As the implementation process appears to be complex, a few success factors have stood out when one looks at programs that can be considered successful.

• Keep the customer front and center – bring them with you as the program is developed.  What works in California may not work in Ohio. Get their feedback on program design ahead of time and decide which options may apply to which class of customers.
• Keep the regulator front and center – bring them with you as the program is developed.  This is the final approver of the program and the rate case. Everything from program design to “opt-in” versus “opt-out” all need to be decided in conjunction with the regulator. Working with them ahead of time and getting their feedback as the programs are designed is critical.

The most important success factor – Keep the technology simple and easy to use.  If you make the customer jump through the hoops and get inconvenienced as they participate in the process, then participation will drop and the objectives of the program(s) will not be met.  There are several lessons from the Pacific Northwest Oly-Penn pilot in which specific aspects of “keep it simple” and “set it and forget it” principles were used allowing the benefts of both DR and EE to be achieved.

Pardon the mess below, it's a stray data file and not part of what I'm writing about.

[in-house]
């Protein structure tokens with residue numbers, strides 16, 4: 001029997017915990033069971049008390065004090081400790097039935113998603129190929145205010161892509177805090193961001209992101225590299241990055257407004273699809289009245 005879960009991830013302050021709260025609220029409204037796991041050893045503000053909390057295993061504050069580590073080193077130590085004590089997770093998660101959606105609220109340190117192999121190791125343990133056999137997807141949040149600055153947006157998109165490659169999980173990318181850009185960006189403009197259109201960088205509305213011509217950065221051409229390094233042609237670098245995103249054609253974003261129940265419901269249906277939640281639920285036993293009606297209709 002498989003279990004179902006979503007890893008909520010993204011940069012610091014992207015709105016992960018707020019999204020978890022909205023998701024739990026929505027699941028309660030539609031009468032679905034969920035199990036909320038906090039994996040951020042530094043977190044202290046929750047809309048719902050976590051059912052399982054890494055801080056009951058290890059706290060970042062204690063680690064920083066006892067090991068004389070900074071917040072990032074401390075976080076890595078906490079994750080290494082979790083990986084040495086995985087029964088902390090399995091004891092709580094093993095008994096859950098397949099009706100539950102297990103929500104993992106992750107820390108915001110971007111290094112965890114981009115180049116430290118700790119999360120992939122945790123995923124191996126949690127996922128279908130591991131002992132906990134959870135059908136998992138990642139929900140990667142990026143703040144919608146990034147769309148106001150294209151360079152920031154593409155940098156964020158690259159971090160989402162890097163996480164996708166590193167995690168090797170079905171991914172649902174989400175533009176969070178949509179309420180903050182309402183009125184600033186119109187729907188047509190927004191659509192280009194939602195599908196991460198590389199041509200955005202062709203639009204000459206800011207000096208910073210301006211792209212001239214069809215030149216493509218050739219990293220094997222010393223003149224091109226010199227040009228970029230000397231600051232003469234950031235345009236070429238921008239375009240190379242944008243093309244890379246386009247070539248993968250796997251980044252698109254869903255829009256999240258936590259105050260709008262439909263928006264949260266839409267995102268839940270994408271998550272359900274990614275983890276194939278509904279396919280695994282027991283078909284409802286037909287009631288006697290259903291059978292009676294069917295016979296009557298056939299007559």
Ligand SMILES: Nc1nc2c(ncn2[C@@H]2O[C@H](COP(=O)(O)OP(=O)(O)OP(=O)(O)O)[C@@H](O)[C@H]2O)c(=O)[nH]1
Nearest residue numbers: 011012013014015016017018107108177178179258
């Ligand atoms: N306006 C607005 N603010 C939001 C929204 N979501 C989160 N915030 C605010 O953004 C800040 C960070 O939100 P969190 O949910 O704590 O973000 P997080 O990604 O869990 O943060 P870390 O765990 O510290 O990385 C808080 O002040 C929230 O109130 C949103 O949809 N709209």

Key Challenges and Risks
As we analyzed several existing implementation, DR has a several challenges as well.  Some of them are listed below:

• Ineffective program design – voluntary nature with many DR programs and inaccurate price signals leading to lack of predictability of demand reduction.
• Customer awareness and education leading to potential for backlash or non-response.
• Difficulty in measuring and validating reductions
• Financial disincentives for utilities – asking the customer to use less of its product.
• Lack of predictable electronic connectivity into the home.  Customers/utilities with AMI connectivity have an advantage here.

A critical Challenge – Energy Storage may probably emerge as one of the biggest challenge to DR.  Storage, once it reaches critical scale in terms of price/performance, has the same characteristics as DR.  It can flatten the load profile but has the potential for several other benefits. More importantly can achieve these objectives without any significant customer involvement – which has been the key impediment to acceptability of DR as a strong alternative to peak shaving.

Conclusions – So What?
Viable availability of rice-competitive Storage or not, DR remains a powerful tool in the utility arsenal and must be taken advantage of.  Most storage devices are still chemical-based and have the associated issues similar to how we dispose off of batteries.  DR on the other hand is basically reducing load when needed thereby bringing in the maximum benefit.  However, unencumbered access to electricity has been available for over 100 years at least in the western world and so any reduction in the quality of life may be difficult for the customer to accept.  DR needs to be able to deliver what customers are looking for – be able to consume less energy when the utility needs without inconveniencing themselves of their lifestyles.

What questions do you have?